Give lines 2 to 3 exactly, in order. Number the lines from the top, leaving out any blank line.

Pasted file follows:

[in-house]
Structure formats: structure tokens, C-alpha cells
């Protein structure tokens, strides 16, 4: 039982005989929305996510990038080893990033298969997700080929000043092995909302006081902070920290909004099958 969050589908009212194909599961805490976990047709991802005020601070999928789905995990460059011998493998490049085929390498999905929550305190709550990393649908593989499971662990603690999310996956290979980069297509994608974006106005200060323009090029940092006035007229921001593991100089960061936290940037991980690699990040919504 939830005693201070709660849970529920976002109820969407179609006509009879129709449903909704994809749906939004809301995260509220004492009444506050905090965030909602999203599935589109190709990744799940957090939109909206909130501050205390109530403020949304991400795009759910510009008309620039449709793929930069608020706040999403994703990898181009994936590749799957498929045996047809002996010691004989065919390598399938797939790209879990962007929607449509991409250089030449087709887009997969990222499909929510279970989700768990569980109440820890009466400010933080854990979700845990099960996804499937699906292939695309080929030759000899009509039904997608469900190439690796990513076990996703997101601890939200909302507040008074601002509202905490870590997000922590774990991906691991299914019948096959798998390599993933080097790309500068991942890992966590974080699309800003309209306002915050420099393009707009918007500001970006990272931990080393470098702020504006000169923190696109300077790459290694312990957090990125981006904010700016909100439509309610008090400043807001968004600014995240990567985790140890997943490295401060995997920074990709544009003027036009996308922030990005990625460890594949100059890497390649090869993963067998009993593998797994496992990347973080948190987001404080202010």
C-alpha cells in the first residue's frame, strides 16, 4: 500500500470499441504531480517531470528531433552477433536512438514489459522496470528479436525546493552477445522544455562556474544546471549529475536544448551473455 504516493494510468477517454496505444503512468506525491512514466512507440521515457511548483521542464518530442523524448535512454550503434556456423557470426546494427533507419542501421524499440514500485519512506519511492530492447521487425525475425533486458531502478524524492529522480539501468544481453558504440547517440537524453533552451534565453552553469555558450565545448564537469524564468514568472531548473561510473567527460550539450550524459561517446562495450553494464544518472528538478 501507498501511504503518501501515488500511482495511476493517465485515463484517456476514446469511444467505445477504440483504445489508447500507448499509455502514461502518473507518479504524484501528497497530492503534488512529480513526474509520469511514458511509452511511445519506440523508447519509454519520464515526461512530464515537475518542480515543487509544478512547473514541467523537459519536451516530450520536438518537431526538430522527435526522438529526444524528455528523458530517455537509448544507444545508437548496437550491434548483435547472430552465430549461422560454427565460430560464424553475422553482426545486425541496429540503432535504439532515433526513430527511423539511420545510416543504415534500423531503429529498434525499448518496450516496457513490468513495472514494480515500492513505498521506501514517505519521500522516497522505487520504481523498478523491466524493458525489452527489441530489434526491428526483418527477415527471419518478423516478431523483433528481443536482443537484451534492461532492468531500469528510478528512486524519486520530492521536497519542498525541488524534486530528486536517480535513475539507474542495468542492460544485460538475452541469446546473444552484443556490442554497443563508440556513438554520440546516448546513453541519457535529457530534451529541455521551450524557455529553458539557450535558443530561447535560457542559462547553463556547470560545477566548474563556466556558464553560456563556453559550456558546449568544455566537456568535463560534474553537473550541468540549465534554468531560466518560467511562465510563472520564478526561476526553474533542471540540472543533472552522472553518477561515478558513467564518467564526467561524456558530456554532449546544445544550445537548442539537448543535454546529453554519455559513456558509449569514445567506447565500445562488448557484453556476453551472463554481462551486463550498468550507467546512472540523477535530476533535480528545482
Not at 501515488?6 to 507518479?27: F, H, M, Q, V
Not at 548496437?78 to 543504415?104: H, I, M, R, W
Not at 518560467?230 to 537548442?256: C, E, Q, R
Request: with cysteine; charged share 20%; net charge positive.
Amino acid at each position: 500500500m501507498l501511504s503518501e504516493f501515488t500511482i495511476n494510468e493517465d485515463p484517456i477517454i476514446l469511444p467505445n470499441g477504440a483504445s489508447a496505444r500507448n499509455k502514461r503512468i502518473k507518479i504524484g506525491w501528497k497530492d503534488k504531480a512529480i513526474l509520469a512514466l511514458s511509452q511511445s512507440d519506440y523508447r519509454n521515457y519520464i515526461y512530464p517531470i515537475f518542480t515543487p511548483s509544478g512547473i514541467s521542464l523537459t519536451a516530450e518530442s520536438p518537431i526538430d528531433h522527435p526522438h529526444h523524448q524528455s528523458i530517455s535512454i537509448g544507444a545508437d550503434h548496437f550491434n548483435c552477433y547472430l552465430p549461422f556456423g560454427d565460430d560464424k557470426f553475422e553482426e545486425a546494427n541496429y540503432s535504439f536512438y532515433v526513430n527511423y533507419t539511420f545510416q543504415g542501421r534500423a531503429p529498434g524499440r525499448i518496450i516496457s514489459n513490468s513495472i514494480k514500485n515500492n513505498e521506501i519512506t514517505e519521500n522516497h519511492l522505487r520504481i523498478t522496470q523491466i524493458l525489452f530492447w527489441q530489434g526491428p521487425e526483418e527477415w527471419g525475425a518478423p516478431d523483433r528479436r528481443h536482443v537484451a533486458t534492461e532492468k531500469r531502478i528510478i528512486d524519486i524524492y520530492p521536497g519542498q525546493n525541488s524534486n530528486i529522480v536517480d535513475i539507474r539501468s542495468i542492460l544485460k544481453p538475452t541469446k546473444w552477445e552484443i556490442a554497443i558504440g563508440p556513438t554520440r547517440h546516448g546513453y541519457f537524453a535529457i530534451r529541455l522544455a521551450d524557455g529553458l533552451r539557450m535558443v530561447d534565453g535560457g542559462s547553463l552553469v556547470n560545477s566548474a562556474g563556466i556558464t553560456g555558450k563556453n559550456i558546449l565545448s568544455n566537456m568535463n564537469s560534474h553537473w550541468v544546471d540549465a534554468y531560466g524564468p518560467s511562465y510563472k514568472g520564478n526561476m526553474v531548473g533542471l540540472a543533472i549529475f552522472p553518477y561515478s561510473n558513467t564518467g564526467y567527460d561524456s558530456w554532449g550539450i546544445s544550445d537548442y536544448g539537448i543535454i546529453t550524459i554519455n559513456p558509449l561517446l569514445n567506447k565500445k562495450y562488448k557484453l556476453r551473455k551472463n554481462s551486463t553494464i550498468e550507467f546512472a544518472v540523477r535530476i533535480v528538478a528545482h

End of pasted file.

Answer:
Structure formats: structure tokens, C-alpha cells
């Protein structure tokens, strides 16, 4: 039982005989929305996510990038080893990033298969997700080929000043092995909302006081902070920290909004099958 969050589908009212194909599961805490976990047709991802005020601070999928789905995990460059011998493998490049085929390498999905929550305190709550990393649908593989499971662990603690999310996956290979980069297509994608974006106005200060323009090029940092006035007229921001593991100089960061936290940037991980690699990040919504 939830005693201070709660849970529920976002109820969407179609006509009879129709449903909704994809749906939004809301995260509220004492009444506050905090965030909602999203599935589109190709990744799940957090939109909206909130501050205390109530403020949304991400795009759910510009008309620039449709793929930069608020706040999403994703990898181009994936590749799957498929045996047809002996010691004989065919390598399938797939790209879990962007929607449509991409250089030449087709887009997969990222499909929510279970989700768990569980109440820890009466400010933080854990979700845990099960996804499937699906292939695309080929030759000899009509039904997608469900190439690796990513076990996703997101601890939200909302507040008074601002509202905490870590997000922590774990991906691991299914019948096959798998390599993933080097790309500068991942890992966590974080699309800003309209306002915050420099393009707009918007500001970006990272931990080393470098702020504006000169923190696109300077790459290694312990957090990125981006904010700016909100439509309610008090400043807001968004600014995240990567985790140890997943490295401060995997920074990709544009003027036009996308922030990005990625460890594949100059890497390649090869993963067998009993593998797994496992990347973080948190987001404080202010």